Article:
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How Much Spectrum is Too Much in Millimeter Wave Wireless Access

Author:
Jinfeng Du  Reinaldo A. Valenzuela  


Journal:
IEEE Journal on Selected Areas in Communications


Abstract(summary):

Great increase in wireless access rates might be attainable using the large amount of spectrum available in the millimeter wave (mmWave) band. However, higher propagation losses inherent in these frequencies must be addressed, especially at ranges beyond 100 meters and in non-line-of-sight (NLOS) settings. In contrast to the interference limited legacy cellular systems where using more bandwidth is favorable, , to use wider bandwidth for mmWave channels in noise limited settings may be ineffective or even counterproductive when accounting for channel estimation penalty. In this paper we quantify the maximum beneficial bandwidth for mmWave transmission in some typical deployment scenarios where pilot-based channel estimation penalty is taken into account assuming a minimum mean square error (MMSE) channel estimator at the receiver. We find that, under I.I.D. block fading model with coherence time Tc and coherence bandwidth Bc, for transmitters and receivers equipped with a single antenna, the optimal (rate maximizing) signal-to-noise-ratio (SNR) is a constant that only depends on the product BcTc, which measures the channel coherence and equals the average number of orthogonal symbols per each independent channel coefficient. That is, for fixed channel coherence BcTc, the optimal bandwidth scales linearly with the received signal power. Under 3GPP Urban Micro NLOS path loss model with coherence time Tc = 5 ms and coherence bandwidth Bc = 10 MHz, using 52 dBm Equivalent Isotropic Radiated Power (EIRP) at the transmitter and 11 dBi antenna gain at the receiver, the maximum beneficial bandwidth at 28 (resp. 39) GHz is less than 1 GHz at a distance beyond 210 (resp. 170) meters with maximum throughput about 200 Mbps, and less than 100 MHz beyond 400 (resp. 310) meters with maximum throughput about 20 Mbps. At EIRP of 85 dBm, corresponding to the FCC limit of 75 dBm per 100 MHz, 1 Gbps rate can be delivered using 1 GHz bandwidth up to 860 (resp. 680) meters.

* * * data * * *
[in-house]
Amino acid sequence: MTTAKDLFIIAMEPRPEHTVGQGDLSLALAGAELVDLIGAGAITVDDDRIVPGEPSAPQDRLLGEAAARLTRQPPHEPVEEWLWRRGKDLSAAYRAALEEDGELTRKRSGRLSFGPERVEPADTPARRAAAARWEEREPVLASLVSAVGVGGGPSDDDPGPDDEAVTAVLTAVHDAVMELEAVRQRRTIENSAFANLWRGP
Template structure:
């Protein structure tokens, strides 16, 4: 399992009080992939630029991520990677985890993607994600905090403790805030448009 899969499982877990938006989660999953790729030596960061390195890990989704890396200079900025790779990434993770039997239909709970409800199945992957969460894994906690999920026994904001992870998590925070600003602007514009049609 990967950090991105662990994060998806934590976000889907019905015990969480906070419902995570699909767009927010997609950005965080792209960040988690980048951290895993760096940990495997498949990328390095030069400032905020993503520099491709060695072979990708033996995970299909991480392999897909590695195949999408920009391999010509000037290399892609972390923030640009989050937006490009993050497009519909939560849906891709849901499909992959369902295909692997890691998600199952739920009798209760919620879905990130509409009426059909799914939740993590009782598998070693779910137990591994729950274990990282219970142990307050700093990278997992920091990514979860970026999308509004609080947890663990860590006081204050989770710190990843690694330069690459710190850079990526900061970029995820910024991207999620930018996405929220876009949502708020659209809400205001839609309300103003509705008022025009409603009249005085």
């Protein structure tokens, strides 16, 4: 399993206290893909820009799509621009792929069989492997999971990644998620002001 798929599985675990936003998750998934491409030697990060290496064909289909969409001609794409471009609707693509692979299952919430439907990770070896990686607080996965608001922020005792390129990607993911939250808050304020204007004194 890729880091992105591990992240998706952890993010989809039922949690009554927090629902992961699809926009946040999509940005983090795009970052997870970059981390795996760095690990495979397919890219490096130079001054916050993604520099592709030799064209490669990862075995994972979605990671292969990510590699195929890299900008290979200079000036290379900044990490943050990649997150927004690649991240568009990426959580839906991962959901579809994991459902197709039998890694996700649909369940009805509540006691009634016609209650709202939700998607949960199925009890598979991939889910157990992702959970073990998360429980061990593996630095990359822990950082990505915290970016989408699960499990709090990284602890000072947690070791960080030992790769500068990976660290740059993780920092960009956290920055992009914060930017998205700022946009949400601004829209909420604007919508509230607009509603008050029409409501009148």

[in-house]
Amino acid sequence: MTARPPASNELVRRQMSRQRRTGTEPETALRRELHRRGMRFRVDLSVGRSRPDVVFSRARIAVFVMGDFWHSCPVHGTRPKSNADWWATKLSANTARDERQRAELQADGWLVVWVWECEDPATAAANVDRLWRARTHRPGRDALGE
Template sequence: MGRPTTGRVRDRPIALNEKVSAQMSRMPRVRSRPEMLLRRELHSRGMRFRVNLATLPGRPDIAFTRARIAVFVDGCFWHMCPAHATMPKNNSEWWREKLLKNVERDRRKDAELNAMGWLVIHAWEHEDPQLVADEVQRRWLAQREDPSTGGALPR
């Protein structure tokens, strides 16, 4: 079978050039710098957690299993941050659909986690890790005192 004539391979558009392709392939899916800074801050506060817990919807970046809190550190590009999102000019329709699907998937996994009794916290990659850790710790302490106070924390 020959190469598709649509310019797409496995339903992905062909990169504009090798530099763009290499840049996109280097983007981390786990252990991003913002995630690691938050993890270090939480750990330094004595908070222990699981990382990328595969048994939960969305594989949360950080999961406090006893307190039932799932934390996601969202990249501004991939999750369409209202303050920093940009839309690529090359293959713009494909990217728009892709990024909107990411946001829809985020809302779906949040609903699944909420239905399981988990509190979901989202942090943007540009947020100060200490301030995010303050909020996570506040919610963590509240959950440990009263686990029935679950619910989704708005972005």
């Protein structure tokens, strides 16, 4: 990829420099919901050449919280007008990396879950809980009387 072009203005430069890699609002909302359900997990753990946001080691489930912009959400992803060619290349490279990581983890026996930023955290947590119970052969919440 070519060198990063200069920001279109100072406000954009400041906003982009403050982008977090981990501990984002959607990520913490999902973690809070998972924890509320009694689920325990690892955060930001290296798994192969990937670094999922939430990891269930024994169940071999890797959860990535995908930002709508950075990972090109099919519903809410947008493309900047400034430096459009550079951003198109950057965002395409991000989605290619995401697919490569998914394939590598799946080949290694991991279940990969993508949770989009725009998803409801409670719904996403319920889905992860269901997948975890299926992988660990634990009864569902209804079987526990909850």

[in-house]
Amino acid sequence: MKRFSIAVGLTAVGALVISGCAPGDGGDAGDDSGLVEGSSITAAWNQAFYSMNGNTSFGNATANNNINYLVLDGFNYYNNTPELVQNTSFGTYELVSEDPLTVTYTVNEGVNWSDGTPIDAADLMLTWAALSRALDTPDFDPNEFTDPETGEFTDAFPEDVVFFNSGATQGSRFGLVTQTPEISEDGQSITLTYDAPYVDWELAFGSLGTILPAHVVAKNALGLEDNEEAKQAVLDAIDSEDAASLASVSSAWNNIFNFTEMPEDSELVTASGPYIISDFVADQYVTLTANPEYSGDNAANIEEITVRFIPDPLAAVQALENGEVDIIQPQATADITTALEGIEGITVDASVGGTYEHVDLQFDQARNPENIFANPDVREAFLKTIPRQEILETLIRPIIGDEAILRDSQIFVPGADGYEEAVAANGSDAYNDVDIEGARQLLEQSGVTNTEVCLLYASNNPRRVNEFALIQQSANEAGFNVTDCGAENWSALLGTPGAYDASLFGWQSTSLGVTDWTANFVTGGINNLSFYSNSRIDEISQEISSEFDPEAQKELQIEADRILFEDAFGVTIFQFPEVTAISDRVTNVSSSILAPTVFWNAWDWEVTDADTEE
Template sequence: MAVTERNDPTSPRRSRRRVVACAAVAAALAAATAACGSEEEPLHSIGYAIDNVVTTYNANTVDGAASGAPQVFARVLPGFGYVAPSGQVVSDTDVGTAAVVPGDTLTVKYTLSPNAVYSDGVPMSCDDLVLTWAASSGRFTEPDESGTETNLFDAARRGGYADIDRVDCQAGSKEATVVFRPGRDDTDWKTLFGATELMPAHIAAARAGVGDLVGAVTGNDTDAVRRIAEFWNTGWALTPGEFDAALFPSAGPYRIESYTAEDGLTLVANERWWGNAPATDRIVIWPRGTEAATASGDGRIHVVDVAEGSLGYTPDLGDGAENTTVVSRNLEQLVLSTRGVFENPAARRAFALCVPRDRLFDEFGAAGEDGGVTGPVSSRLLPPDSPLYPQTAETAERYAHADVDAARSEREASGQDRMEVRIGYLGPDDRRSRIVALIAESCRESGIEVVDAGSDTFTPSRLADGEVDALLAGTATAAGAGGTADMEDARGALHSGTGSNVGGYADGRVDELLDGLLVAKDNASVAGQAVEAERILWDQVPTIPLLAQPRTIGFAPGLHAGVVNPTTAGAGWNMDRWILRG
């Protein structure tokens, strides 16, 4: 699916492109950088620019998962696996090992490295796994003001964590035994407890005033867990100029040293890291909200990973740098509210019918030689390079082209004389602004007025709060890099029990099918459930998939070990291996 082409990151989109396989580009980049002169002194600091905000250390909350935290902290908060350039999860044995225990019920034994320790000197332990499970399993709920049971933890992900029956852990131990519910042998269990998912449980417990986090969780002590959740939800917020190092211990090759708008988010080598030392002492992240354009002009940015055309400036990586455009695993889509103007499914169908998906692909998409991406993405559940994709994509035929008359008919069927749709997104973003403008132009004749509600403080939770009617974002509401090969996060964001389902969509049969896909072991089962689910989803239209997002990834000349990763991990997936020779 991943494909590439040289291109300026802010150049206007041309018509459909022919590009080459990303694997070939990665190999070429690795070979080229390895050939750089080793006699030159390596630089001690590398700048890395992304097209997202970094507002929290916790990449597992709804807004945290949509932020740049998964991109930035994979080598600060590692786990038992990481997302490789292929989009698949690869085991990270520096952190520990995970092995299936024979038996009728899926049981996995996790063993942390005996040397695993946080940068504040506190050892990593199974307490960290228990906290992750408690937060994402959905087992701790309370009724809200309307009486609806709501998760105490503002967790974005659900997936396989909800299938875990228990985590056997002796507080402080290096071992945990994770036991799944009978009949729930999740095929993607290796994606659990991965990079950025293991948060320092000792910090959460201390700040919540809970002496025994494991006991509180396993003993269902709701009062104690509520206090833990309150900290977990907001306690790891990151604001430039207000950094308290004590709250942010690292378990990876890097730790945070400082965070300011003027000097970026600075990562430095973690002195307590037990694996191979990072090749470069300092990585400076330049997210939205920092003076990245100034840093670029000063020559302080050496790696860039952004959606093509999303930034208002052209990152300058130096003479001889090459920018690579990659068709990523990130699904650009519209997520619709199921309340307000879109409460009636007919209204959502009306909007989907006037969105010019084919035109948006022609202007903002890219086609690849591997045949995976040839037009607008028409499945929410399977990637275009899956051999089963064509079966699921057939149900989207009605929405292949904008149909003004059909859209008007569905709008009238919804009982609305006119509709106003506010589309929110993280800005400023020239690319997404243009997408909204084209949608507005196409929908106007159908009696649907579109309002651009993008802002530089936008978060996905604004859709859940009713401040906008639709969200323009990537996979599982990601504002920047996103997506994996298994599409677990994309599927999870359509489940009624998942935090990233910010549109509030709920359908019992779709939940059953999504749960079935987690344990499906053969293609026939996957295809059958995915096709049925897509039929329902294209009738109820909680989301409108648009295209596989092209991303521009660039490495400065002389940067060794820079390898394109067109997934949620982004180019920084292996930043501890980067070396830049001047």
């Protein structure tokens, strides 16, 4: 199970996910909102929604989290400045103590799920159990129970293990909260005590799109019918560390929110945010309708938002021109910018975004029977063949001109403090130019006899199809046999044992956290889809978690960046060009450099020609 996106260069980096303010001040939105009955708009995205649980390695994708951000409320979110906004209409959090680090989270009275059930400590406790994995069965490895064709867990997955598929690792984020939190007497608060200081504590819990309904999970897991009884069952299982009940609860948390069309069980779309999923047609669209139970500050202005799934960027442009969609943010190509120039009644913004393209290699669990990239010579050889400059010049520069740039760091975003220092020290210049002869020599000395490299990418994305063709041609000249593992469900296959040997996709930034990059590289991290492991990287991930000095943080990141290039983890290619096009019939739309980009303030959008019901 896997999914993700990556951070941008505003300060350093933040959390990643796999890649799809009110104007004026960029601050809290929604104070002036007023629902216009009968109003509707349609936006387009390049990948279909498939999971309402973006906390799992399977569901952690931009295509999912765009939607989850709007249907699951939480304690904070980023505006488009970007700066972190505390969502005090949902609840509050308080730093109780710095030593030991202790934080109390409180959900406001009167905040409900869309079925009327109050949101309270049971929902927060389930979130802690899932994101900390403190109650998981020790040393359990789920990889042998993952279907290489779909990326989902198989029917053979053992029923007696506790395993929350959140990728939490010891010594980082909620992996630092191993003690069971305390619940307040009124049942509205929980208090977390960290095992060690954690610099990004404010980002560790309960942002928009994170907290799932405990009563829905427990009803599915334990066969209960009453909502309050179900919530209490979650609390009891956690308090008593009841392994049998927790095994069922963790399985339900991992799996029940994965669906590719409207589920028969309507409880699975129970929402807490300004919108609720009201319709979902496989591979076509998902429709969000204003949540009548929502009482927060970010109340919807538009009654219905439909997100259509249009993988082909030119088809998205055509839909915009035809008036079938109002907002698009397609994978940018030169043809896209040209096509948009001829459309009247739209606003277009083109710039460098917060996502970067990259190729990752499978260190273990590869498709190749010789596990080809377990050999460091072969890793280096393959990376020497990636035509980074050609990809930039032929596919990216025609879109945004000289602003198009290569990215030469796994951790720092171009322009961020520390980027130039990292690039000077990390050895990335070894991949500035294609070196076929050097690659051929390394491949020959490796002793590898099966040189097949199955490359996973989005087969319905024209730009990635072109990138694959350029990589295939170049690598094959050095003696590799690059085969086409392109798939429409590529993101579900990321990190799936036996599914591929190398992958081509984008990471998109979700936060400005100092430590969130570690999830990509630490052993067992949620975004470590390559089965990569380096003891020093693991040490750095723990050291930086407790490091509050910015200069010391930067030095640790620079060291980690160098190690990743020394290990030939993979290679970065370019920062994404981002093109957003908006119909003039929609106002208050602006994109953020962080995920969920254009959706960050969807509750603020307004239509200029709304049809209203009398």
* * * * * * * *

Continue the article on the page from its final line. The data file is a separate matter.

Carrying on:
Page:
1444-1458


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